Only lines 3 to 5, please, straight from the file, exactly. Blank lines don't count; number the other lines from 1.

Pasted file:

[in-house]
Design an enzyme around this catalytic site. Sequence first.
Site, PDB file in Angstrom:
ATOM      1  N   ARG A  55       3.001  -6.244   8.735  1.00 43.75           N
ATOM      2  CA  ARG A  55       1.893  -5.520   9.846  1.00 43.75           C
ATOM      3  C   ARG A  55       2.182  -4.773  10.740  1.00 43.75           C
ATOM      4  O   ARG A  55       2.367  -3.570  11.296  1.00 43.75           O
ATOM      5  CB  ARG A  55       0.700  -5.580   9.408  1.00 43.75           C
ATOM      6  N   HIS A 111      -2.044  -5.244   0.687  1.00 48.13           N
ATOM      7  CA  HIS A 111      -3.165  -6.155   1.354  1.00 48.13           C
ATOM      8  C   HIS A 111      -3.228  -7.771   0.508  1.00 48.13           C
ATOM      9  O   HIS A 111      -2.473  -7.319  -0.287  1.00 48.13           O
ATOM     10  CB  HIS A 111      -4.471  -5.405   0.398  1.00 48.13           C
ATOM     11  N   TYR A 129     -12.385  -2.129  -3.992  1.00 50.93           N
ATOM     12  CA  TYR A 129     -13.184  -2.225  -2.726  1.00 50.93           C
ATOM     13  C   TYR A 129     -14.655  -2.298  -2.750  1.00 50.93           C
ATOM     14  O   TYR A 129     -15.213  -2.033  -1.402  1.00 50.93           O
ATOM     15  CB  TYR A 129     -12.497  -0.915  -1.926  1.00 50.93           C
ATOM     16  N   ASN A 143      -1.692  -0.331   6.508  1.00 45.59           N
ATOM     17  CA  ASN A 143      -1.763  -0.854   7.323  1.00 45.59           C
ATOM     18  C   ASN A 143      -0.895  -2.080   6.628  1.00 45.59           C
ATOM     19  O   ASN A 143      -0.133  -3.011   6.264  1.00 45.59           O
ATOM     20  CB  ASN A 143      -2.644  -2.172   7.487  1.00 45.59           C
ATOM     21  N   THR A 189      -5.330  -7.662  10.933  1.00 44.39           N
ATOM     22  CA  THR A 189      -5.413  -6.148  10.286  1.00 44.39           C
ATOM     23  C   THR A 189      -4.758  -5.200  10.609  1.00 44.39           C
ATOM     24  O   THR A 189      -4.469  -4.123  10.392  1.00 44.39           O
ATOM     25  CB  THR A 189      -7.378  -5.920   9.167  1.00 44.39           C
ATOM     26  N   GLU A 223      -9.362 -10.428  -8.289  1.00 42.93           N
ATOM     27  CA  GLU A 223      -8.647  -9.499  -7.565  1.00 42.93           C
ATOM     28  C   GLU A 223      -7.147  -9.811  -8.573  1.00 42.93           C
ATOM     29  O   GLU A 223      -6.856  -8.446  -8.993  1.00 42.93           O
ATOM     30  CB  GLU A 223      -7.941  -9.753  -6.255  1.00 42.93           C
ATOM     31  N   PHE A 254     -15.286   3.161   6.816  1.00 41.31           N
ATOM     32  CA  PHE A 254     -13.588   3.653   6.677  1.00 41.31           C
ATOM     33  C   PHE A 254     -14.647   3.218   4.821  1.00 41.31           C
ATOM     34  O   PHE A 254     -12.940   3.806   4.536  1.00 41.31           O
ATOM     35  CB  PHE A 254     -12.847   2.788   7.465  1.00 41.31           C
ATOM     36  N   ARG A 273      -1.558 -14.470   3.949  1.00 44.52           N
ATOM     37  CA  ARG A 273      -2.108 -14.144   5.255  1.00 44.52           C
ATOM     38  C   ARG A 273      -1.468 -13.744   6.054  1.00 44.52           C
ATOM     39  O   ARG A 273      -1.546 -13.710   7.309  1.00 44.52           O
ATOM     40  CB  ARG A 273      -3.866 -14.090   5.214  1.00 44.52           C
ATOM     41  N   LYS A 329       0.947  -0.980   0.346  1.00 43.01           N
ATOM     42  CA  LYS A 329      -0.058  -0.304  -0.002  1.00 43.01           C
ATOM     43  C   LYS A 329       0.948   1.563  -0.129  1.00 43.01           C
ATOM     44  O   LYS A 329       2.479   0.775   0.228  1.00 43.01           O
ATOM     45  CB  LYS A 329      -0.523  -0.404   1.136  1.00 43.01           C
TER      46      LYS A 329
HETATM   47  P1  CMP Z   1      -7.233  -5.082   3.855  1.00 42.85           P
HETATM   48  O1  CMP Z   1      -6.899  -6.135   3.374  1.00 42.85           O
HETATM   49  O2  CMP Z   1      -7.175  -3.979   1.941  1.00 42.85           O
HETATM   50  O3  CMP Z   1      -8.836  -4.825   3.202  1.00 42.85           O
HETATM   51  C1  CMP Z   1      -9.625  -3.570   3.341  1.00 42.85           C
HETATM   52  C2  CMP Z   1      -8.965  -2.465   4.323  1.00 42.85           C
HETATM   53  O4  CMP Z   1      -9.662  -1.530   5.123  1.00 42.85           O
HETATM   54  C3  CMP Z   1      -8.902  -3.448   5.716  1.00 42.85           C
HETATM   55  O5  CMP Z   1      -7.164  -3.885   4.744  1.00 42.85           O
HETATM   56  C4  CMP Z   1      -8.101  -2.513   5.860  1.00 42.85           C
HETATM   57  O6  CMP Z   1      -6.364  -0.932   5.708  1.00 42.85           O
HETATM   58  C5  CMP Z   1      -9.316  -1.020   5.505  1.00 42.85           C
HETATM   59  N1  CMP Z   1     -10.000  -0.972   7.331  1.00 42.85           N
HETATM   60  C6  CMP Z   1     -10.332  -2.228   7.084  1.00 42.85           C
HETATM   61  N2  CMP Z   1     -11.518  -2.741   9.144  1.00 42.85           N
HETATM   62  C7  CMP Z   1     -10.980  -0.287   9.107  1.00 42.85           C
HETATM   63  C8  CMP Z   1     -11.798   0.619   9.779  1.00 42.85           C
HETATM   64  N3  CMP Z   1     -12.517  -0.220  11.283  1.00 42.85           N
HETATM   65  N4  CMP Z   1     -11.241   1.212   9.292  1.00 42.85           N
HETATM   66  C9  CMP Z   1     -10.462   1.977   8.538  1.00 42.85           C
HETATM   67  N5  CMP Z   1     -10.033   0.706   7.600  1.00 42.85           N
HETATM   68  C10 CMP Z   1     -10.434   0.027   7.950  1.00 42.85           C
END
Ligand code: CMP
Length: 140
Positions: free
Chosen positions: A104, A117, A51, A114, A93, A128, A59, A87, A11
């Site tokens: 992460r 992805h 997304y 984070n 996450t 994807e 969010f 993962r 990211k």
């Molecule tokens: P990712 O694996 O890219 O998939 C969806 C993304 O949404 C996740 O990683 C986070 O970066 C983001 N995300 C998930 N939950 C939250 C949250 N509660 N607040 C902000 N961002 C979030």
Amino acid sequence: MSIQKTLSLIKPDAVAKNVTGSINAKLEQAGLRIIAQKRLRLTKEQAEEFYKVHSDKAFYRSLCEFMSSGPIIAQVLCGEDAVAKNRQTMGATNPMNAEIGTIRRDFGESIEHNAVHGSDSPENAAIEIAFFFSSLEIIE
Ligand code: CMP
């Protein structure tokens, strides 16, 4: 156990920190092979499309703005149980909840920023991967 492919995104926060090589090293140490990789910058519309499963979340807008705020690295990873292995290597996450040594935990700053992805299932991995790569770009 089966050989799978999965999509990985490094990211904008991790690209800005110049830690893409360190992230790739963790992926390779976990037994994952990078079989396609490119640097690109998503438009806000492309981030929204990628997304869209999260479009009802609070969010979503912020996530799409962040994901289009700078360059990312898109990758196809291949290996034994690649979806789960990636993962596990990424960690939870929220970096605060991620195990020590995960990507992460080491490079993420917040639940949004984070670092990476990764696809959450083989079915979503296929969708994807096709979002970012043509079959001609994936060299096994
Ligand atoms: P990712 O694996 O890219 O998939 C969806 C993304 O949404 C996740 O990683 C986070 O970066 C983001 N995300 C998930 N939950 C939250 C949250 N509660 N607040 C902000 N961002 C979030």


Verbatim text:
Site, PDB file in Angstrom:
ATOM      1  N   ARG A  55       3.001  -6.244   8.735  1.00 43.75           N
ATOM      2  CA  ARG A  55       1.893  -5.520   9.846  1.00 43.75           C